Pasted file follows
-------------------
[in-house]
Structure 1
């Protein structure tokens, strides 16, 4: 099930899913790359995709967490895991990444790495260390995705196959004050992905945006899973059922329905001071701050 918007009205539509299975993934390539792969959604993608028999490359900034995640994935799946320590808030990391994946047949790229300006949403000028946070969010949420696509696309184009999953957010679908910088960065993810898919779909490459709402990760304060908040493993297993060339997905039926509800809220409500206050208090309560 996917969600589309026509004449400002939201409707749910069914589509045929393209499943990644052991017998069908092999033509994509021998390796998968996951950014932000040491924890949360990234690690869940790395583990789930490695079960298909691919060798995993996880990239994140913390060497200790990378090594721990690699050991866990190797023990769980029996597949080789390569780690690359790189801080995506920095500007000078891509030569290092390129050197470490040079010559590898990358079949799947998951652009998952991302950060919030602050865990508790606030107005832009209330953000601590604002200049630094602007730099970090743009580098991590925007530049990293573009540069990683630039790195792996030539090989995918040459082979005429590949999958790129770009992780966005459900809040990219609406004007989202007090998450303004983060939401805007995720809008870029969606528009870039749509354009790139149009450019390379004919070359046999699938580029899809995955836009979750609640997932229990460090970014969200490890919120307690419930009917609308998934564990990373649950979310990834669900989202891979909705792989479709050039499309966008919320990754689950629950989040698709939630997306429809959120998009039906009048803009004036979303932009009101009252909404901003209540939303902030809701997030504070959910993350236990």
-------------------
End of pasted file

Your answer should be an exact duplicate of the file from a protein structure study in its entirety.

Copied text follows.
[in-house]
Structure 1
């Protein structure tokens, strides 16, 4: 099930899913790359995709967490895991990444790495260390995705196959004050992905945006899973059922329905001071701050 918007009205539509299975993934390539792969959604993608028999490359900034995640994935799946320590808030990391994946047949790229300006949403000028946070969010949420696509696309184009999953957010679908910088960065993810898919779909490459709402990760304060908040493993297993060339997905039926509800809220409500206050208090309560 996917969600589309026509004449400002939201409707749910069914589509045929393209499943990644052991017998069908092999033509994509021998390796998968996951950014932000040491924890949360990234690690869940790395583990789930490695079960298909691919060798995993996880990239994140913390060497200790990378090594721990690699050991866990190797023990769980029996597949080789390569780690690359790189801080995506920095500007000078891509030569290092390129050197470490040079010559590898990358079949799947998951652009998952991302950060919030602050865990508790606030107005832009209330953000601590604002200049630094602007730099970090743009580098991590925007530049990293573009540069990683630039790195792996030539090989995918040459082979005429590949999958790129770009992780966005459900809040990219609406004007989202007090998450303004983060939401805007995720809008870029969606528009870039749509354009790139149009450019390379004919070359046999699938580029899809995955836009979750609640997932229990460090970014969200490890919120307690419930009917609308998934564990990373649950979310990834669900989202891979909705792989479709050039499309966008919320990754689950629950989040698709939630997306429809959120998009039906009048803009004036979303932009009101009252909404901003209540939303902030809701997030504070959910993350236990």